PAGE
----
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What the CPI-M needs to do to rejuvenate politically

July 24, 2012 20:23 IST

The CPI-M's decision to support Pranab Mukherjee came at great cost, and given Mamata's Banerjee's decision to back him, clearly without any political dividends. Left unity at this crucial juncture was cracked, with the CPI deciding to abstain, says Seema Mustafa.

Communist Party of India-Marxist leaders rushed to open doors for President-designate Pranab Mukherjee, jostling with Congress diehards to beat the queue of door openers when he visited West Bengal. The grand strategy as many of them confided to media hounds was to isolate their arch rival Mamata Banerjee, and draw fissures in her relations with the Congress. Why? Well the answer to their simple minds was simple. So that the CPI-M could get a good number of seats in the general elections, benefiting from the Congress-Trinamool Congress discord!

Good thinking. Or so they thought refusing to listen to words of caution pouring in from their cadres, particularly the youth who clearly seem to be more politically savvy than many of those who continue to lead the party in their twilight years.

So the inevitable happened. After the usual round of high drama, Banerjee came around and decided to vote for Mukherjee. As if she was going to do anything else. And now both the CPI-M and the Trinamool Congress were on the same side of the fence supporting the UPA candidate for President.

The only difference is that the CPI-M had claimed to be working for non-BJP and non-Congress politics and their neo-liberal policies. No one has yet explained how Mukherjee, finance minister of the Congress, has convinced the Left of his credentials on this front.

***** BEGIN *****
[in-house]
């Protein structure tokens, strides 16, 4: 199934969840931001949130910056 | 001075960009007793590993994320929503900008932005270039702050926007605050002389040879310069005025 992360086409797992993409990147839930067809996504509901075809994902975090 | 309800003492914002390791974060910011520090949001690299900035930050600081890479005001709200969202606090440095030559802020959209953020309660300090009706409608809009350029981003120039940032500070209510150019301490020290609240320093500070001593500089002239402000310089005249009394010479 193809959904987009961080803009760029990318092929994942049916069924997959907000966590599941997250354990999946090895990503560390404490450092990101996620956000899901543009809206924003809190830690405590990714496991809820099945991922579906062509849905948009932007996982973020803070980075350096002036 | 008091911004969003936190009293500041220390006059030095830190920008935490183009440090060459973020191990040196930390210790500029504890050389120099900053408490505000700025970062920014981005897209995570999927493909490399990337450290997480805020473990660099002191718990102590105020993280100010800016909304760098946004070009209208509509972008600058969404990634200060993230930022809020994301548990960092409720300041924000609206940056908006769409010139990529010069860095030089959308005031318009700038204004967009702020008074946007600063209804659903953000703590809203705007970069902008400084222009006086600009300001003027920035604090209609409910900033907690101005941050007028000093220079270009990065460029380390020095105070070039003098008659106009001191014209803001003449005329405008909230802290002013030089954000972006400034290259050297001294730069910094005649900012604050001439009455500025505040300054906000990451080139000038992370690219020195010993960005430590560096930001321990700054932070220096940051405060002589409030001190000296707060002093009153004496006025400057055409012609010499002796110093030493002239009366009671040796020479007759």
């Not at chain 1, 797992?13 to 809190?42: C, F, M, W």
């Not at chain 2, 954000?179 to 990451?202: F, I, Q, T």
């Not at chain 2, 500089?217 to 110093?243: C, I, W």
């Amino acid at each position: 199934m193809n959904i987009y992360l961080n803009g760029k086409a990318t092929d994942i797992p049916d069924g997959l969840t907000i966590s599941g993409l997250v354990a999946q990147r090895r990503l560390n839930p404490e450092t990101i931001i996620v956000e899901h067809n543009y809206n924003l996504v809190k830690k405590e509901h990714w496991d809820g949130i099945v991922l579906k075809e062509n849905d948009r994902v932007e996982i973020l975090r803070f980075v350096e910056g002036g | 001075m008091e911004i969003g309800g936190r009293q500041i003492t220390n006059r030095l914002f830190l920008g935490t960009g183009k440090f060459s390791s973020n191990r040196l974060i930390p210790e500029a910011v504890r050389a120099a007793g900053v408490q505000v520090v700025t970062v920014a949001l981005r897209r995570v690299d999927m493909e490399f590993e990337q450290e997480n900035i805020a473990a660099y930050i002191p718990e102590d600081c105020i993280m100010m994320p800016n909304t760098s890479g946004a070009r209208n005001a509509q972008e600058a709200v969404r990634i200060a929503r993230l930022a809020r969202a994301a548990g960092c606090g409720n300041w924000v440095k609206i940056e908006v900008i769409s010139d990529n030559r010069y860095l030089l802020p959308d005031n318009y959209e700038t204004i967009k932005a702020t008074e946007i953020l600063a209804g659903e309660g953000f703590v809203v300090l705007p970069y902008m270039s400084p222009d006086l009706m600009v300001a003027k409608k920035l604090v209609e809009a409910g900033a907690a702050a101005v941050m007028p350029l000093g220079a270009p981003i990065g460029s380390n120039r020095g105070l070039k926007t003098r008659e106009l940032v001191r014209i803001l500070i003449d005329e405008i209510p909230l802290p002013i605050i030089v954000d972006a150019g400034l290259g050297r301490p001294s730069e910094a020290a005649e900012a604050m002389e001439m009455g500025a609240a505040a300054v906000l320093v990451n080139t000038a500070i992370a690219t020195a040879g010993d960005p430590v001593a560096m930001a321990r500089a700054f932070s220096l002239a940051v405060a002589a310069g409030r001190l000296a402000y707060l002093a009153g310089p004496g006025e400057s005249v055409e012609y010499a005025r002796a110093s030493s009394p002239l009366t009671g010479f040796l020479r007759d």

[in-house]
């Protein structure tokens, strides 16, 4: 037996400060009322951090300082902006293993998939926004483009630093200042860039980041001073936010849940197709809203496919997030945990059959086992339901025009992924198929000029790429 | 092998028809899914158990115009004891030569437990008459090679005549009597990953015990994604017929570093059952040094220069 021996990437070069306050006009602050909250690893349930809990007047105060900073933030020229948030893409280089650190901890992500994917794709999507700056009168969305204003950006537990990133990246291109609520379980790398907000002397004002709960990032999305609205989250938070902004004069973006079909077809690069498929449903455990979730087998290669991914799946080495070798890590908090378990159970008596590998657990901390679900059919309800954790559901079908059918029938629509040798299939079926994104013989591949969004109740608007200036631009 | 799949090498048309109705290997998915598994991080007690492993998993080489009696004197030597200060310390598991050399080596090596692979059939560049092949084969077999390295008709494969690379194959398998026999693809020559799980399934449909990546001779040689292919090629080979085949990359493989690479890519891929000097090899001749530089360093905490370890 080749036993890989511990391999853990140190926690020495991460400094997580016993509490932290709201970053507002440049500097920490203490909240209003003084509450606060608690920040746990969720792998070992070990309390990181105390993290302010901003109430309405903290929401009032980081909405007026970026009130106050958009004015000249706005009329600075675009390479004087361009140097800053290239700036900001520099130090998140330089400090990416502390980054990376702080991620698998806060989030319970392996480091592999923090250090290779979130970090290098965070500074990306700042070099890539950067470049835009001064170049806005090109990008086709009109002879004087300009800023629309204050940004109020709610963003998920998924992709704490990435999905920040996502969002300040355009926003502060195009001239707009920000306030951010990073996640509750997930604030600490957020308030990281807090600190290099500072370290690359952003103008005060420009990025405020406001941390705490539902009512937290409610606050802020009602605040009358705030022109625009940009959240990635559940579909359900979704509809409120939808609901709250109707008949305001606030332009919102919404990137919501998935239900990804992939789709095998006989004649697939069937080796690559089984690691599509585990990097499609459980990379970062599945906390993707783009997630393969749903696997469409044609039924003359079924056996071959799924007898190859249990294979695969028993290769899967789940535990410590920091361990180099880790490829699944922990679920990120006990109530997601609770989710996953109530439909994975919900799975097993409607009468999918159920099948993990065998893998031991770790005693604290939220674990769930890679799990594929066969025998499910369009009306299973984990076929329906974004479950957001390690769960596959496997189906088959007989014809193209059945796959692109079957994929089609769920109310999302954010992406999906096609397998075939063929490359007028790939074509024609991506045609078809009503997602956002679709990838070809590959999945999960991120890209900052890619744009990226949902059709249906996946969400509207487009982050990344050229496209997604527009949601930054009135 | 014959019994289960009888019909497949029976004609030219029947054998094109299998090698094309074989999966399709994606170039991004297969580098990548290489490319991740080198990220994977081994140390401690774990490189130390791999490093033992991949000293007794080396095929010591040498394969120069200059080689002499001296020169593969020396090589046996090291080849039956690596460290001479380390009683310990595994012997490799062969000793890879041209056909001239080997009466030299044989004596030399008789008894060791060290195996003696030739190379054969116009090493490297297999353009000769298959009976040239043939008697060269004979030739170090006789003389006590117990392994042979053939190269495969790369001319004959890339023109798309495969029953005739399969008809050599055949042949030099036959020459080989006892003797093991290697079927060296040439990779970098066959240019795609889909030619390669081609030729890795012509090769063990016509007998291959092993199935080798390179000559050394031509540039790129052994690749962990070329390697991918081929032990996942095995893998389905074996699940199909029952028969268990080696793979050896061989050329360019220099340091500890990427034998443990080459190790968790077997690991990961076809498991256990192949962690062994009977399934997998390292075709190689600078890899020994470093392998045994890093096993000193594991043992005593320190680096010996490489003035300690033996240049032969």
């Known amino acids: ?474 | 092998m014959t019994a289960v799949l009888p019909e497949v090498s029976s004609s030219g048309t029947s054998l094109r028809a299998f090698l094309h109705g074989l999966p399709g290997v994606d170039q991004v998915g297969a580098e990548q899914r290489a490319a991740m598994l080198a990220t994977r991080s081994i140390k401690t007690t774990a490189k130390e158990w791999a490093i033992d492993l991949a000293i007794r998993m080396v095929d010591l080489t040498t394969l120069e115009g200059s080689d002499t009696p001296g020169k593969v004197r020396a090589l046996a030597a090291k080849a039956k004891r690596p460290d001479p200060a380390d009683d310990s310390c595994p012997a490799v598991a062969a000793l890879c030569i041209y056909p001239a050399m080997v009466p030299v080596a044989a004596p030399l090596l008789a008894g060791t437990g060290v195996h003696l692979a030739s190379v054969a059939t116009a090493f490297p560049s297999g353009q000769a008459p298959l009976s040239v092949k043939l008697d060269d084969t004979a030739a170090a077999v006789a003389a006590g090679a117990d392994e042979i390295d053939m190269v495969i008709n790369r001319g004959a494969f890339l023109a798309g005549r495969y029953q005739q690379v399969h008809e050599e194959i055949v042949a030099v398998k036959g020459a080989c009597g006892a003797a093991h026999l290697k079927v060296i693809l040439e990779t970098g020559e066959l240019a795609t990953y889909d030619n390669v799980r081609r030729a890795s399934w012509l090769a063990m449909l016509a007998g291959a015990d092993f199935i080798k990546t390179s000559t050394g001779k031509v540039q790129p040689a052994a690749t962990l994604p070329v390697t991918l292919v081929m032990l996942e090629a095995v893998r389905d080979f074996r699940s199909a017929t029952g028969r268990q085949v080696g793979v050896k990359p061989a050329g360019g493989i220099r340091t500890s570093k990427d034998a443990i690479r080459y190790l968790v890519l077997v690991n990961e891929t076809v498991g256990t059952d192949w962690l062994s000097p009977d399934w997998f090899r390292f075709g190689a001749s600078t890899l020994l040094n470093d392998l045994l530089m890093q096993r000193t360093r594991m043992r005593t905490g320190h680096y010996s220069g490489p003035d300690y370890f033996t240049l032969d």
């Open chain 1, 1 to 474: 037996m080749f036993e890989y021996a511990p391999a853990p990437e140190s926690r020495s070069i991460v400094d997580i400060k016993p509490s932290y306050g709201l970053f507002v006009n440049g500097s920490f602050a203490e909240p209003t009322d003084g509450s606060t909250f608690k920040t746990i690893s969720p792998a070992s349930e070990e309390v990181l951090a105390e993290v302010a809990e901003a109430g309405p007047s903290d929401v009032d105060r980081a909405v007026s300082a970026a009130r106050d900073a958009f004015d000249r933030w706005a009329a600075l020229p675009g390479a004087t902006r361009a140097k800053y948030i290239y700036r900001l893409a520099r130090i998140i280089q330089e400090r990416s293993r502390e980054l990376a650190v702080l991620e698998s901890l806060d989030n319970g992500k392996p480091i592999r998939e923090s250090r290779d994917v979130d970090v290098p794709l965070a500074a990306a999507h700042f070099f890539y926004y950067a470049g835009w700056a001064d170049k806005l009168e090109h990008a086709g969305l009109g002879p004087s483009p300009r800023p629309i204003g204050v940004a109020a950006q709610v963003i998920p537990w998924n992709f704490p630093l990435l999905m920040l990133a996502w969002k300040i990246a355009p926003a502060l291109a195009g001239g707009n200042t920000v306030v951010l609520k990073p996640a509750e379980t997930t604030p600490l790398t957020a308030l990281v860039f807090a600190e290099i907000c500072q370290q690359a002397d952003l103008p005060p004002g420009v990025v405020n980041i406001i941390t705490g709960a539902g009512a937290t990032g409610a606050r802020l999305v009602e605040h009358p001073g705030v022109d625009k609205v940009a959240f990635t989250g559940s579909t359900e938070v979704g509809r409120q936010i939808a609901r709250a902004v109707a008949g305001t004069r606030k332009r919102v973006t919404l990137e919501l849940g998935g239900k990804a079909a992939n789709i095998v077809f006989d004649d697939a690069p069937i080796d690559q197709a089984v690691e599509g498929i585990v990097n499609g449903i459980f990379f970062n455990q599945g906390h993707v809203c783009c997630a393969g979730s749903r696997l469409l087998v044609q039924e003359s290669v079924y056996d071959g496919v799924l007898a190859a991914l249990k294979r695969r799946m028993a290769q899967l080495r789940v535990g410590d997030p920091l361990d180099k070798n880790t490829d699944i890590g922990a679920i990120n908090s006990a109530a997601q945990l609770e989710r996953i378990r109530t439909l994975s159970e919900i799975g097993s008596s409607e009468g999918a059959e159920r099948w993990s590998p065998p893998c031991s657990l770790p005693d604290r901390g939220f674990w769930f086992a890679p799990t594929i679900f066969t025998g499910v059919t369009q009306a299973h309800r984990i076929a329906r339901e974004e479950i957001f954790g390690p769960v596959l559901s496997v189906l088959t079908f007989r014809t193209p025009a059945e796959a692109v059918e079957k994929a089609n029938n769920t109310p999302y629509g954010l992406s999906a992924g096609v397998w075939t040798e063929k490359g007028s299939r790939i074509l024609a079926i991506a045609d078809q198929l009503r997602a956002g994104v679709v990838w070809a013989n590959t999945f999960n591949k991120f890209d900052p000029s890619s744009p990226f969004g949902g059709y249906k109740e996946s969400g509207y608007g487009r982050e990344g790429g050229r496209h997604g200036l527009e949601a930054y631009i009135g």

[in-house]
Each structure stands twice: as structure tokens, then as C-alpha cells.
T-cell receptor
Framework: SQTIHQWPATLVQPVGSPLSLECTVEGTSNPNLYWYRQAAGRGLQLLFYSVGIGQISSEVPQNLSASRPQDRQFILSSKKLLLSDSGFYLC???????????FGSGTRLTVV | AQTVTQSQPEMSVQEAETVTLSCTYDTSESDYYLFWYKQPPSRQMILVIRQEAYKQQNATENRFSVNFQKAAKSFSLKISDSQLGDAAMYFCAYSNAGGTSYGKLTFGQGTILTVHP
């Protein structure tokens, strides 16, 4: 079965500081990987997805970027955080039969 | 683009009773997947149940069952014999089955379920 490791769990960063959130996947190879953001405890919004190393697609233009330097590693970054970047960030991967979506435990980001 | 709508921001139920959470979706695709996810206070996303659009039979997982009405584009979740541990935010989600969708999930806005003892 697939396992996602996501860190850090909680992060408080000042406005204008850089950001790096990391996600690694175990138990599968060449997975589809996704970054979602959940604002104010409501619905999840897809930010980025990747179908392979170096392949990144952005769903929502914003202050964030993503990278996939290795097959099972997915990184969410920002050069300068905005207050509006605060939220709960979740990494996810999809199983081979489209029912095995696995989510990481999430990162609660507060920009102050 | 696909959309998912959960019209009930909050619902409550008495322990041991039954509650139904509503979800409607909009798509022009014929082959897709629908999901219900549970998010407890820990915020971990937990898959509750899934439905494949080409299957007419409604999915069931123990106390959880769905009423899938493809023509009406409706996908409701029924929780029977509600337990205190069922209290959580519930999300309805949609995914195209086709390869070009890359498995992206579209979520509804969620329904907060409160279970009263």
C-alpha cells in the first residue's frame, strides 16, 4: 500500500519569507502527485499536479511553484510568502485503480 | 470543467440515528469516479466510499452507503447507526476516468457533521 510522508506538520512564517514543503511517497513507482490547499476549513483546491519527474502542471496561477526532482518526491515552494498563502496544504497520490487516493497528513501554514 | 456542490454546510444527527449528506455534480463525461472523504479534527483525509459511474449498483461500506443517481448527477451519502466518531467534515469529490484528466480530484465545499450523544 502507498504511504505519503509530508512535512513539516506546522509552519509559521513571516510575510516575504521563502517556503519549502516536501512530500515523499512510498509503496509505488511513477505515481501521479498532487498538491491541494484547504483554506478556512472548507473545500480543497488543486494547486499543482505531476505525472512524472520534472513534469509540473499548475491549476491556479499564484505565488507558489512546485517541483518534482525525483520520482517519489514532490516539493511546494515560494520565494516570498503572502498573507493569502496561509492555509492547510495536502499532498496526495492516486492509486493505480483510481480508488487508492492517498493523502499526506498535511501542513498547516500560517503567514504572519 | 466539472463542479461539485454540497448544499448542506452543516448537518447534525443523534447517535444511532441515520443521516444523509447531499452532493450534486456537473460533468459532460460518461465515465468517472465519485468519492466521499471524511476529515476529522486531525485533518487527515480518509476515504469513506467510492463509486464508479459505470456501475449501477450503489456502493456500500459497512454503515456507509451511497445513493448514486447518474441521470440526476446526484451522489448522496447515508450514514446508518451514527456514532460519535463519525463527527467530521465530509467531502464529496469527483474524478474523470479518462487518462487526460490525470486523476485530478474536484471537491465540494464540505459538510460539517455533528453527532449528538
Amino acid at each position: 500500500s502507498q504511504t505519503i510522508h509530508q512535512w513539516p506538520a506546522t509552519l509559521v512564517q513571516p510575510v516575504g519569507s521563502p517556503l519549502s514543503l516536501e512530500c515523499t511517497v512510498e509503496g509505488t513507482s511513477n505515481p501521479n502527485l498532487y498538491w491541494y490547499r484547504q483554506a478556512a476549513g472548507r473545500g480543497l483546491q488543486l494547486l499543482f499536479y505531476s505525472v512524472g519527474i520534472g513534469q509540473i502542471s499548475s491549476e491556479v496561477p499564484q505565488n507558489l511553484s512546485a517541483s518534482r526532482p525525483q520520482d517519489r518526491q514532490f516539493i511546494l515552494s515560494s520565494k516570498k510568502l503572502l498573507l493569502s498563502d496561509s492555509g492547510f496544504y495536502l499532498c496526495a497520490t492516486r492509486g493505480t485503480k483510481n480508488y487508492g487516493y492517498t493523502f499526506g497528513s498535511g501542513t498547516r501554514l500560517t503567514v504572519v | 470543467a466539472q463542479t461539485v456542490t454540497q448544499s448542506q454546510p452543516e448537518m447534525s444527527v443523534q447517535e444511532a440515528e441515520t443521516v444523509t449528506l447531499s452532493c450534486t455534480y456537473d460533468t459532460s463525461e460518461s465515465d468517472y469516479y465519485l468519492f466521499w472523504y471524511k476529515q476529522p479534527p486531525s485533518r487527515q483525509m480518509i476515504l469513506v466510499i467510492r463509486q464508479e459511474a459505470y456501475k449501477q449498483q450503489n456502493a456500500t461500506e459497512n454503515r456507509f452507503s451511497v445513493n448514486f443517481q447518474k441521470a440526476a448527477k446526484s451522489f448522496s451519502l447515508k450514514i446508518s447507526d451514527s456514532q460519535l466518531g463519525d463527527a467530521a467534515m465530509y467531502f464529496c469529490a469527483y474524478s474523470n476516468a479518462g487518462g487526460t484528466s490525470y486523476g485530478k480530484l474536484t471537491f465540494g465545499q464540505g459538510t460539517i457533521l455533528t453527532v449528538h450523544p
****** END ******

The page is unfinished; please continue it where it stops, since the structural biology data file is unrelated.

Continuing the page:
The decision to support Mukherjee came at great cost, and given Mamata's decision now, clearly without any political dividends. Left unity at this crucial juncture was cracked, with the CPI deciding to abstain. A key youth leader and rising star within the party Prasenjit Bose resigned. The strongest youth unit of the party protested and demanded a level of autonomy in taking decisions, and instead of accepting the well reasoned arguments they were thrown out with the entire unit in Jawaharlal Nehru University being dissolved. Instead of listening to the young people, the leaders are now involved in breaking their unity by singling out the weaker elements to join the 'official' Student's Federation of India!

There is gloom and doom all around as the prospects of a Left revival are seen as bleak by their well wishers and supporters. This blinkered approach does not herald well for a party that has refused to listen to its cadres and instead acted summarily to throw them out.

Ashok Mitra, an intellectual of great repute, wrote almost a year ago, "The chemistry of cronyism and democratic centralisation is fatal. Leaders at different levels are told only what they love to be told; dissenters are either ostracised or thrown out." And he was talking not of the Congress but of the CPI-M in West Bengal. And again as he said so clearly, "the ego factor has another consequence: whoever ventures to offer a friendly admonition not to the liking of ministers and leaders is treated as an enemy, thereby creating enemies of former friends."